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Research Indicates that the Significant Tornado Threat is Shifting Eastward - Away From “Tornado Alley”

Updated: Apr. 1, 2021 at 4:58 PM CDT
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LAWTON, Okla. (TNN) -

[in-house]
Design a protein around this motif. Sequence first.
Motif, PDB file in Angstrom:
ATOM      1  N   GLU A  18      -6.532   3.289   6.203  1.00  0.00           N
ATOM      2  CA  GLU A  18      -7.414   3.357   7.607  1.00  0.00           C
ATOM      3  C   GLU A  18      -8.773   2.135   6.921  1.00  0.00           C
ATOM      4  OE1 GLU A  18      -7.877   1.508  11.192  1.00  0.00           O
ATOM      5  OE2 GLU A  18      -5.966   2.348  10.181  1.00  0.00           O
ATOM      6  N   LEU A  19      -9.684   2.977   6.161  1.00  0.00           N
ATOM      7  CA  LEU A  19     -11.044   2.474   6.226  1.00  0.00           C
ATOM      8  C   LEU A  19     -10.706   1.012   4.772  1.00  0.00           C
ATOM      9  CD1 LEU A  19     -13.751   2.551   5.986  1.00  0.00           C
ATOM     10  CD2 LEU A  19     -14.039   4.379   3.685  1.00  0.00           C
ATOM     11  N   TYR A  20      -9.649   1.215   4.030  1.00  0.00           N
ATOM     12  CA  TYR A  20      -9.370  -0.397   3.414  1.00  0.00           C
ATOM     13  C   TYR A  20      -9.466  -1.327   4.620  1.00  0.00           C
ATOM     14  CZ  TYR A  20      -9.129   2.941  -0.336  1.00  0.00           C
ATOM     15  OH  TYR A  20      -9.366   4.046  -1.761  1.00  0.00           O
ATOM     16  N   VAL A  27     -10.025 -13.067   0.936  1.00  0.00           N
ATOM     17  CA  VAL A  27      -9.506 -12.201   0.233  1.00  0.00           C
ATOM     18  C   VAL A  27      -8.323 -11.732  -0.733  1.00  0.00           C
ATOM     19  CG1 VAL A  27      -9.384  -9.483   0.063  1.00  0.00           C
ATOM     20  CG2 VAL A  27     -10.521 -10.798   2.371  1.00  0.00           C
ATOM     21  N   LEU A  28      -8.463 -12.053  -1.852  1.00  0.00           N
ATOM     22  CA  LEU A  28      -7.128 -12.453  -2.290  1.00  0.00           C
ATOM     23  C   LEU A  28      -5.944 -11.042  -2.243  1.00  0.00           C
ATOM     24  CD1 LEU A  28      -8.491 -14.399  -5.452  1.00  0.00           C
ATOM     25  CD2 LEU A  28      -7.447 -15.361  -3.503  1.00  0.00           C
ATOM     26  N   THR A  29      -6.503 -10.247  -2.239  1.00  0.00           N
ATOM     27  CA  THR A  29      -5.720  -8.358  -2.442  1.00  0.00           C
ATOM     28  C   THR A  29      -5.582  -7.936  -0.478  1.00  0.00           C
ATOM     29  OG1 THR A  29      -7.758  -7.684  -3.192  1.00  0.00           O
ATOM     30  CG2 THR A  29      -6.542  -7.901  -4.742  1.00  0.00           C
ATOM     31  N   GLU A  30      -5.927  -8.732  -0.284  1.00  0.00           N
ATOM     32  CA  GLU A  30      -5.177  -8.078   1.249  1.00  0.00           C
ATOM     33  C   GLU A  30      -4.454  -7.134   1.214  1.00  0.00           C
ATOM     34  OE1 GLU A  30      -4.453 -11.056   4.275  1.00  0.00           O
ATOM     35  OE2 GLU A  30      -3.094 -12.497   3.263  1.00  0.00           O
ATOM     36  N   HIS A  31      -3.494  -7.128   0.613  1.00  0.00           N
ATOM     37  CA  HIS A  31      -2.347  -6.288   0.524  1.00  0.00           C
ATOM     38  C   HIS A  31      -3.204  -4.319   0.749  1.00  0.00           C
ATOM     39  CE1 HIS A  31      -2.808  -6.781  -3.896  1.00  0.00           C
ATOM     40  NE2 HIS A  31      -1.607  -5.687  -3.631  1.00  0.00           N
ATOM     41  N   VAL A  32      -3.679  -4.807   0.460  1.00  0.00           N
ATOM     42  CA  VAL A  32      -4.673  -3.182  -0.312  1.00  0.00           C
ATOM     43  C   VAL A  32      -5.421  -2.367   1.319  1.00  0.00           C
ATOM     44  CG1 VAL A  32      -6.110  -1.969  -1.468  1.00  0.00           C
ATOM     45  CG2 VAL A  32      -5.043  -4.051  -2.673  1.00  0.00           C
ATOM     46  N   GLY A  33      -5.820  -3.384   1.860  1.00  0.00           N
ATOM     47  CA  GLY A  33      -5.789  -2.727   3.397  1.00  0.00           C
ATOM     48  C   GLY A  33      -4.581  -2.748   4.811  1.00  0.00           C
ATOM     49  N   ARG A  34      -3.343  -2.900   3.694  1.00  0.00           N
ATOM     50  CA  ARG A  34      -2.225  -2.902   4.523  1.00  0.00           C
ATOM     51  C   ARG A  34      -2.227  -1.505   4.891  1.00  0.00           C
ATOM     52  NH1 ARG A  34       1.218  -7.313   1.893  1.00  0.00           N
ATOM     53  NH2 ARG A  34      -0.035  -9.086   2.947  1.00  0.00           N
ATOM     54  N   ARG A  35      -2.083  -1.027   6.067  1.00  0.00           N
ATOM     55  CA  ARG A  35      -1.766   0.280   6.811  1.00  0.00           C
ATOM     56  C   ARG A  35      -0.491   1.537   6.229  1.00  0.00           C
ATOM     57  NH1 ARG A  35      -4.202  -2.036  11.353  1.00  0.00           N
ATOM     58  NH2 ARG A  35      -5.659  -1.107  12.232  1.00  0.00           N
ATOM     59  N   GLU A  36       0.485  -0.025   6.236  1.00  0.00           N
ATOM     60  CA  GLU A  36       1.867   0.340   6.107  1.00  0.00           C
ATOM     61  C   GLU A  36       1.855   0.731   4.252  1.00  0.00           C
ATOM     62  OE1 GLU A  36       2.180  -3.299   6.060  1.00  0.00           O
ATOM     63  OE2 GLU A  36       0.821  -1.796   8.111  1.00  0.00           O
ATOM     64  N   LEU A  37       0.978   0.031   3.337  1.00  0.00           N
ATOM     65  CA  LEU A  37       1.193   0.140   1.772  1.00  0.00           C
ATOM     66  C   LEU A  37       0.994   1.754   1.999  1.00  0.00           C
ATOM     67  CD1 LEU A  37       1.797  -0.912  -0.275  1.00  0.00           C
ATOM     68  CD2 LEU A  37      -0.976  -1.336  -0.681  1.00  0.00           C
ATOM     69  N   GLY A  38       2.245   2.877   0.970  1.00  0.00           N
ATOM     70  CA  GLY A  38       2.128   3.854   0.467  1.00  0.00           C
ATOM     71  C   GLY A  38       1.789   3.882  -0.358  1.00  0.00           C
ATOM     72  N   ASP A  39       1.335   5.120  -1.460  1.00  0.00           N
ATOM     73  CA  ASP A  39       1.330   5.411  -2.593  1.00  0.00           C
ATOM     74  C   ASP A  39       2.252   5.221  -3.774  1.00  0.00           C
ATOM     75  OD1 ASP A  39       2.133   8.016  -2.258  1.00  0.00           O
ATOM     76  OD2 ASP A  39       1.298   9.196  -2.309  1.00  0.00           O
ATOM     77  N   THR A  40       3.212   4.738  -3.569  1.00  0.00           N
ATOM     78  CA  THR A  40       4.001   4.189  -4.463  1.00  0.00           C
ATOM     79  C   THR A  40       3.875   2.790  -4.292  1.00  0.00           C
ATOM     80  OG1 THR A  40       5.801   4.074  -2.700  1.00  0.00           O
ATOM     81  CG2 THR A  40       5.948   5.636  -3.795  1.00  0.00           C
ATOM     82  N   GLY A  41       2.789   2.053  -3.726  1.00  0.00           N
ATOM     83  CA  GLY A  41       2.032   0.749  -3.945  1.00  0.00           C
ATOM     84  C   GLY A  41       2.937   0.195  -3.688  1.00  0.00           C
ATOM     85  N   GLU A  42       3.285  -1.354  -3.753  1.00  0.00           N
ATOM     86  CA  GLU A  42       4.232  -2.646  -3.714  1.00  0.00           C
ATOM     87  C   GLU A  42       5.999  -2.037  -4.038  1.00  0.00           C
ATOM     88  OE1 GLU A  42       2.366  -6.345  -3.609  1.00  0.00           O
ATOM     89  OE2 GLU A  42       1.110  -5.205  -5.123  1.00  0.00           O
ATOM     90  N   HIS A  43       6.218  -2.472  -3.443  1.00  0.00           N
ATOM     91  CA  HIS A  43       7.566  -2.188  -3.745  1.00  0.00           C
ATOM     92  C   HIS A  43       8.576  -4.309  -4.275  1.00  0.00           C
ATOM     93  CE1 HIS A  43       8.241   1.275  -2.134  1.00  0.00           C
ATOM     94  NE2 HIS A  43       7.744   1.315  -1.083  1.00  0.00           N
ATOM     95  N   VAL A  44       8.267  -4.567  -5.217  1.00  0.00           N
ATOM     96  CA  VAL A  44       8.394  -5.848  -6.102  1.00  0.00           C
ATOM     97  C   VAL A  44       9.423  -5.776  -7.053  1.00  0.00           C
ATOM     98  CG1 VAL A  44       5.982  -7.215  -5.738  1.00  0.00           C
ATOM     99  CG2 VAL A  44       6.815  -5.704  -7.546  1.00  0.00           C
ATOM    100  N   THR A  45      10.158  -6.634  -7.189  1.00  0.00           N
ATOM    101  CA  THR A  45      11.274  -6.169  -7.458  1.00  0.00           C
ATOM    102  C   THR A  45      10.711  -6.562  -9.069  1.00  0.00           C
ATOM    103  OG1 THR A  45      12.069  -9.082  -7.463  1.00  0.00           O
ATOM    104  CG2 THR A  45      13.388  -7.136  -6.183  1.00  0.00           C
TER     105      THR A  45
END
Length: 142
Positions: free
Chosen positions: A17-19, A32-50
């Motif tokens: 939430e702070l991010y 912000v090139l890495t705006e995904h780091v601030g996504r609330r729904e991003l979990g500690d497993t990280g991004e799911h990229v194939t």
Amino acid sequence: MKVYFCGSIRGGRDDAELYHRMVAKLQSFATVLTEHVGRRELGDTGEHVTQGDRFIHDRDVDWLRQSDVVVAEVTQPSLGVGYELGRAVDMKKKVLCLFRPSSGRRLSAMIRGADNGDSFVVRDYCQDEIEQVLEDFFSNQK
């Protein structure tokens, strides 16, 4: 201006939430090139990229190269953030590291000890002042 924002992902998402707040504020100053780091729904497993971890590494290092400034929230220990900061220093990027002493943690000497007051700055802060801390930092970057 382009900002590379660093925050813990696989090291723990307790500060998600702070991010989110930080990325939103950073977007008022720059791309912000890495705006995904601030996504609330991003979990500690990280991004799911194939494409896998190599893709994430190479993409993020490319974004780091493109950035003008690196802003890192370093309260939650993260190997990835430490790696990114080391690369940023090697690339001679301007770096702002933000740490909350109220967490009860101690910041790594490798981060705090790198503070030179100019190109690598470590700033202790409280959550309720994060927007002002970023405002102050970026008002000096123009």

“Tornado Alley” is a staple reference during Spring as severe weather and tornadoes frequent the central United States. There are many different definitions of “Tornado Alley” as a location descriptor, which primarily stem from a personal perspective (Gagan et al., 2010). The term is loosely used to describe the general region in which an above-average occurrence of tornadoes lies, generally describing the Central Great Plains and Southern Great Plains including states like Oklahoma, Texas, Kansas, and Nebraska. Its cousin, “Dixie Alley”, is less notorious and is referenced infrequently in comparison. It includes most of the Southeastern United States, not including southern Florida.